How many speed cameras in the UK actually work?
25th June 2021
The UK’s roads are home to nearly 7,000 speed cameras – the fourth highest amount in the world, beaten only by Russia, Italy and Brazil. But are all of these speed cameras always on?
How do speed cameras work?
The first camera to be installed in the UK was a Gatso camera in 1991 on the M40. The Gatso camera is the most commonly used in the UK, with nearly 4,000 of them on our roads. These big yellow boxes are instantly recognisable.
The Gatso speed camera is rear facing. They are positioned like this because of their flash. If they were front facing and took a picture, the flash could potentially blind drivers looking directly at the camera, causing the accidents they are designed to prevent.
The Gatso uses radar technology to detect a speeding vehicle. If a vehicle is speeding, the camera will be activated. Two pictures are taken in quick succession. By using the white lines painted on the road, the camera can measure the vehicle’s speed. The camera will determine that the vehicle must have been travelling at x miles per hour to move from one point to another in the time between the two pictures.
By measuring the vehicle’s length, the Gatso camera can also determine the speed limit imposed on it. A van might have a limit of 60mph on a duel carriageway for example, whilst a car is allowed to go to 70mph.
There are other variants of speed camera on the UK’s roads. Some use infrared technology to capture images without using a flash so they can be front facing. Others use two sets of cameras placed a set distance apart. They determine the speed of the vehicle by recording how long it takes it to reach the second camera from the first.
Which speed cameras are active?
Despite there being nearly 7,000 physical cameras on our roads, not all of them are working. In fact, research in 2017 suggests that only half of them are operational.
A freedom of information request by The Press Association in 2017 resulted in many regional police forces outlining how many of their speed cameras were active.
Police from the counties of Durham, North Yorkshire and Northamptonshire all revealed that none of their cameras were active at the time. Their cameras, however, are left standing when not active. The sight of the speed cameras is said to be enough to deter drivers from speeding in the first place.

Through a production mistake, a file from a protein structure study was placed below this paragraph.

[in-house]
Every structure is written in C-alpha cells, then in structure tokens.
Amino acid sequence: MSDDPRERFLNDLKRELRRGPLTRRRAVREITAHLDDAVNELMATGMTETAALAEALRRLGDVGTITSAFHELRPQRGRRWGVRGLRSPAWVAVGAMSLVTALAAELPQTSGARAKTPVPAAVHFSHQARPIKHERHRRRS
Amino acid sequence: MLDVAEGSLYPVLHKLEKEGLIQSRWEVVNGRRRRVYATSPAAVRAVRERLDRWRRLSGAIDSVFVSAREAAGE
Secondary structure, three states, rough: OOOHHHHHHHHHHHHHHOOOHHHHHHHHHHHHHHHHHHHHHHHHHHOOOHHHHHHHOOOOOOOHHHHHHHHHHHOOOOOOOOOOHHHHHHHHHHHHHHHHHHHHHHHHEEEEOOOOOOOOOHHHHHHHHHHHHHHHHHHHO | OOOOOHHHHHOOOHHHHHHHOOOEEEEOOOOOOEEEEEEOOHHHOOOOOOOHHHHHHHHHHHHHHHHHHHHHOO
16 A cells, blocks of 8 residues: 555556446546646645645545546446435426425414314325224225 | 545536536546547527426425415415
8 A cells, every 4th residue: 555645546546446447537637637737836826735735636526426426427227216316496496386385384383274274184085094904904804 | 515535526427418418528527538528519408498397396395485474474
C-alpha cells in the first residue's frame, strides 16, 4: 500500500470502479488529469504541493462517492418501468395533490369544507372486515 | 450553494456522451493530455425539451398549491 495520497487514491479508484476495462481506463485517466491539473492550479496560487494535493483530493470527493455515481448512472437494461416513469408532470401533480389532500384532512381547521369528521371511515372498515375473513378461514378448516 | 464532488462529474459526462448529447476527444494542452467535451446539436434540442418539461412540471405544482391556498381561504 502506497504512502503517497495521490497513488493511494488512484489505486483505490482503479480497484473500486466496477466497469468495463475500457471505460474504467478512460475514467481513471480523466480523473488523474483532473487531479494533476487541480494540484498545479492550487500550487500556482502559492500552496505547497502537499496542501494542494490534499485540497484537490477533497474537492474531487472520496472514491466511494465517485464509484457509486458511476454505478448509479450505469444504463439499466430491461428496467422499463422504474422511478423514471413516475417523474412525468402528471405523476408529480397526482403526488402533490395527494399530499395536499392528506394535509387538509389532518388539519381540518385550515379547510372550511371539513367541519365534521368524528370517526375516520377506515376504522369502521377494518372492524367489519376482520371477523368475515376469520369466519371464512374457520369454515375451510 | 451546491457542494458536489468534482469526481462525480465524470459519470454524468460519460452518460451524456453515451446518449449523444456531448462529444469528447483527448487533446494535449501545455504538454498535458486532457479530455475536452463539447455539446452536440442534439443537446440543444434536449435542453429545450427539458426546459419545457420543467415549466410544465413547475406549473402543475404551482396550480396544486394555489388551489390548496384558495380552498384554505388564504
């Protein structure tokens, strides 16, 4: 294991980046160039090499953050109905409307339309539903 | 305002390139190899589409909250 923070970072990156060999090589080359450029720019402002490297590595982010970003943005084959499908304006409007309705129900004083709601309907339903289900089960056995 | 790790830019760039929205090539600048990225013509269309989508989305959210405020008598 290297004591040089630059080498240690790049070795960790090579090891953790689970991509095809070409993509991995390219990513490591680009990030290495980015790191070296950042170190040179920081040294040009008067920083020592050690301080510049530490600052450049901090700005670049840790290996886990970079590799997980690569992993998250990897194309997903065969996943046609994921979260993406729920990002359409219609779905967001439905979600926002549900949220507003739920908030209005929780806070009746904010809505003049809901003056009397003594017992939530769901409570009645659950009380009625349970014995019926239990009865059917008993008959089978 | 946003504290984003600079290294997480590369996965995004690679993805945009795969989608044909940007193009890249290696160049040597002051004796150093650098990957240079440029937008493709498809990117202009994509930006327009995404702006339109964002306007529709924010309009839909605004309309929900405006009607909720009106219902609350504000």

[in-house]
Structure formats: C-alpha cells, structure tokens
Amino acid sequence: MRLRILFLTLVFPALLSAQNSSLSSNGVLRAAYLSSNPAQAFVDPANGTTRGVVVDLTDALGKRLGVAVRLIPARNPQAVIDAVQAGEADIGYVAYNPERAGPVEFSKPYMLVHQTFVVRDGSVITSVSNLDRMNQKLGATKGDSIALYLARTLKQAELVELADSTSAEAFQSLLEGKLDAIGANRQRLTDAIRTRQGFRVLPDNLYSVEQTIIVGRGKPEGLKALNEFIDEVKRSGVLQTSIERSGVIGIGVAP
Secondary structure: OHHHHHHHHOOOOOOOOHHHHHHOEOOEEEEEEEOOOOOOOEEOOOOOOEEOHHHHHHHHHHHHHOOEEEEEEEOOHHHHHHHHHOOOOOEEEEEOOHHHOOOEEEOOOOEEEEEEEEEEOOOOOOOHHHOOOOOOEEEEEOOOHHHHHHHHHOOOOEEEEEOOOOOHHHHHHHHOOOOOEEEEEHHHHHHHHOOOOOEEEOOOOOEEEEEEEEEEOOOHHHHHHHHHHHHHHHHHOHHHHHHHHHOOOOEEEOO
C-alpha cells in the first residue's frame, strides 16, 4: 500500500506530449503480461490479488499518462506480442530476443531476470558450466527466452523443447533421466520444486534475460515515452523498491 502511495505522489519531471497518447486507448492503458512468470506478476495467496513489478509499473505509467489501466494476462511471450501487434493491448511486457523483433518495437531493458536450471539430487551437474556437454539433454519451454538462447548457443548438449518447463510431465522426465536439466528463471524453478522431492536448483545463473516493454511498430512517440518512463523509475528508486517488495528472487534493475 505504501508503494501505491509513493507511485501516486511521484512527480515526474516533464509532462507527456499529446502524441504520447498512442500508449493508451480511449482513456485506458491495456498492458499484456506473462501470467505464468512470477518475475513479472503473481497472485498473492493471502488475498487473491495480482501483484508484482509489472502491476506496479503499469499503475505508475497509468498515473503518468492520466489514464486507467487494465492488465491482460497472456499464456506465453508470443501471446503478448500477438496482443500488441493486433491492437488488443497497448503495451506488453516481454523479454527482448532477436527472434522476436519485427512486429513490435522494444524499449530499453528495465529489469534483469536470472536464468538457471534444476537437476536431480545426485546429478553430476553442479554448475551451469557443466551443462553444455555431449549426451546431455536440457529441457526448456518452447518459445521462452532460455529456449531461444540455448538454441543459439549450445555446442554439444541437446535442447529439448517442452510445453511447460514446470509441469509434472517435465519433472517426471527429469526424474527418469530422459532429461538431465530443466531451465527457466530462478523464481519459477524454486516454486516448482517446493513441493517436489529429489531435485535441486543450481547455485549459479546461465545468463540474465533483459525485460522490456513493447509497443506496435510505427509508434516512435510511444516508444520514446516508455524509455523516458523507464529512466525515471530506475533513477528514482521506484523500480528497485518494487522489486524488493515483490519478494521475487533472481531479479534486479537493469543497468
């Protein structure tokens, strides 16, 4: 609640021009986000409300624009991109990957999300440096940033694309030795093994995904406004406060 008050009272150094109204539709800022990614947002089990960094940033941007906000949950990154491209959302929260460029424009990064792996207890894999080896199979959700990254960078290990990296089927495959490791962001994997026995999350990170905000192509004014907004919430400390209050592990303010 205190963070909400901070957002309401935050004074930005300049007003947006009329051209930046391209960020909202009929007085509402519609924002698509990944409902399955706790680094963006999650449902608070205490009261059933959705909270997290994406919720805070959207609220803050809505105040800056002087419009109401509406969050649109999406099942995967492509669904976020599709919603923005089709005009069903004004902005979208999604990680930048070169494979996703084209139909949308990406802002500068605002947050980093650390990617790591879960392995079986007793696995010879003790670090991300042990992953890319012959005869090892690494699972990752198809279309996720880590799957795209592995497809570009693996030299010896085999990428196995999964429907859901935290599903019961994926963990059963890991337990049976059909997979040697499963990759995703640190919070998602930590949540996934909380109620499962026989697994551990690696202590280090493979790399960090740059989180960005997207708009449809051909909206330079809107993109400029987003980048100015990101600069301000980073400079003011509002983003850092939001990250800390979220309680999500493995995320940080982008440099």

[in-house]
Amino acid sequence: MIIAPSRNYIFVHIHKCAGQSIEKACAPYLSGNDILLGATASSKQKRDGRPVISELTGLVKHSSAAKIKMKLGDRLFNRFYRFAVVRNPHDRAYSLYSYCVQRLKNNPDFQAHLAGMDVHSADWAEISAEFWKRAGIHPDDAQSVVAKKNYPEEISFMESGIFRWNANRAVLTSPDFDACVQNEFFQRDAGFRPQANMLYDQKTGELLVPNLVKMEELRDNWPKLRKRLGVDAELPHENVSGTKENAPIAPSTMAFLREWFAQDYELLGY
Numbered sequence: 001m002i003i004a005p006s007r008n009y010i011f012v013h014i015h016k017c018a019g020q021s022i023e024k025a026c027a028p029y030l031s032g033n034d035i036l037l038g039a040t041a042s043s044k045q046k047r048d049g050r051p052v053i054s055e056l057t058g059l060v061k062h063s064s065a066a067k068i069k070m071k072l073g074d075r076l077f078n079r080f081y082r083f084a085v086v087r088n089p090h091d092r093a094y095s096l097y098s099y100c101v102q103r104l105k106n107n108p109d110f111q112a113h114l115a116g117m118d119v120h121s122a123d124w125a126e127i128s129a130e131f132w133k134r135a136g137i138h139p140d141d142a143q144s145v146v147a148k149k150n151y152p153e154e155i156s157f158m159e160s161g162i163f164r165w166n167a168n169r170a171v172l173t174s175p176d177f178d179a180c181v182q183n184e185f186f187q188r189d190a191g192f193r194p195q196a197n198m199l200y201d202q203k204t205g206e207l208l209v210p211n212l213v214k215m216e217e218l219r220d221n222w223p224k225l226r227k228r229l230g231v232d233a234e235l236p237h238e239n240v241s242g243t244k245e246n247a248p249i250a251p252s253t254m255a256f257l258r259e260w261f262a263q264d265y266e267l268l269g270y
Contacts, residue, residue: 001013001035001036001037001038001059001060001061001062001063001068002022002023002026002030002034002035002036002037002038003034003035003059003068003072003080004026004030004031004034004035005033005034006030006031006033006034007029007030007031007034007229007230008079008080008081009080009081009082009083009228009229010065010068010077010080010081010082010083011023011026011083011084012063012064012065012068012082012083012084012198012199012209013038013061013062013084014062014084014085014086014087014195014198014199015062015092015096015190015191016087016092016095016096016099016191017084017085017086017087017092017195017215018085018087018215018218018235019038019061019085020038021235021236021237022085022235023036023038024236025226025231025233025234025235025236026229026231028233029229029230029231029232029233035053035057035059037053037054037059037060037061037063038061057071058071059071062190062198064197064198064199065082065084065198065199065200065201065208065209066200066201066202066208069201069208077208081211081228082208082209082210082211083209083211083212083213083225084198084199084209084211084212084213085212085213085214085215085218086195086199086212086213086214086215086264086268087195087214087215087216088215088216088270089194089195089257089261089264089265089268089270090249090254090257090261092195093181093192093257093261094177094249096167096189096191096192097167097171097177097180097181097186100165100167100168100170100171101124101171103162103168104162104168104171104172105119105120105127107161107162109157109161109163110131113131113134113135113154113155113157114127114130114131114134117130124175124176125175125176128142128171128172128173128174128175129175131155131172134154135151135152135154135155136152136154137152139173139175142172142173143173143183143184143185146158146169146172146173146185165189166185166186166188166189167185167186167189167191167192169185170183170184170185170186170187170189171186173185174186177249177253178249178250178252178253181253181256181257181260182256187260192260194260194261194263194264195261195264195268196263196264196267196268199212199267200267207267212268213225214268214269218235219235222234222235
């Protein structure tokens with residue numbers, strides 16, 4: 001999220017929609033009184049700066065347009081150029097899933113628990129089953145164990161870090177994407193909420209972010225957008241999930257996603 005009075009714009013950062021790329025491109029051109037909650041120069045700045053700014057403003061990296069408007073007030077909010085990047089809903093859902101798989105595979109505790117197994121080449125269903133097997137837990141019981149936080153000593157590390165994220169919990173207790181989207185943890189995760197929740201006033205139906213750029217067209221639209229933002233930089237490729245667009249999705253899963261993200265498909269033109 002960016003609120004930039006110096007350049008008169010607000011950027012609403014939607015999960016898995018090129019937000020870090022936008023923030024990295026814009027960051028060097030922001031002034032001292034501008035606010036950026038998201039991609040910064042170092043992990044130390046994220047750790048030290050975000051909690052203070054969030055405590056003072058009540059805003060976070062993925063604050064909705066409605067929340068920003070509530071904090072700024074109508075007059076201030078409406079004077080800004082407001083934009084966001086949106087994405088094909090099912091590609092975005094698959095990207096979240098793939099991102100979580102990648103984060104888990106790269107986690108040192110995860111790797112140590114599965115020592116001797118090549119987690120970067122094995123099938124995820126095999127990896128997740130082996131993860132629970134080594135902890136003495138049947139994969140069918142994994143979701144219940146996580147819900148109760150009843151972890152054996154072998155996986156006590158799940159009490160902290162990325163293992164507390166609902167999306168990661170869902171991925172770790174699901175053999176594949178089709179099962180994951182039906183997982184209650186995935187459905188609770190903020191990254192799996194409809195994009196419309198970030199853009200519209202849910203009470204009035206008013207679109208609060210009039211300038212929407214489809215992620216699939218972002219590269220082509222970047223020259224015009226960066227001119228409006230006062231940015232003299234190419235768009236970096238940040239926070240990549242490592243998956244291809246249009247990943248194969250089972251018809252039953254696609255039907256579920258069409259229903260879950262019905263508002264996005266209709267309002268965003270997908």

Other counties report that only a small percentage of their speed cameras are currently operating. Out of the 272 cameras in Staffordshire, only 14 are active. In Scotland, just over a quarter of the cameras are active, whilst just over half of Wales’ cameras are on.
However, it’s worth remembering that this information is four years old. There could be more active cameras on the roads now, or even less.
How to tell if a speed camera is working
The only visible way to know if a camera is operational would be to look out for the flash. However, many types of camera don’t need a flash as they rely on infrared technology, or use a filter to protect drivers from the light. Also, on a brightly lit road, the camera might not need to flash in the first place.
Whilst the Gatso camera does flash, it is also rear facing. Turning around or looking in the mirror in the hope of catching a flash would simply draw your attention away from the road, putting yourself and others at risk.
With that in mind, it’s safest to assume that there is no way of knowing if the camera is working. The RAC recommend that the best option is to not worry about the whether the speed cameras are operational or not, but simply concentrate on not speeding in the first place!
What happens to those caught speeding?
If you are caught speeding on camera, you will be sent notice within 14 days. Interestingly, if you receive notice of the offense after the 14-day period, the notice is invalid.
You will be sent a Section 172 notice which must be returned to the police within 28 days. This notice acts as a way for you to inform the police of the identity of the driver. The notice will be sent to whoever the vehicle is registered to. This may not be the driver behind the wheel at the time of the offense.
The minimum penalty for speeding is a £100 fine and 3 penalty points on your license. Having 12 points put on your license could result you being disqualified from driving for 3 years.
Encourage your drivers to avoid speeding
If your fleet consists of several drivers, the thought of any number of them breaking the rules of the road can be a daunting one.
By introducing telematics to your vehicles, you can keep track of your drivers’ habits. If you notice a driver regularly speeding, you can bring it up with them and offer advice and training to make sure this doesn’t continue.
Get in touch with the team at Tele-Gence today and find out how telematics could be of benefit to the safety of your fleet.back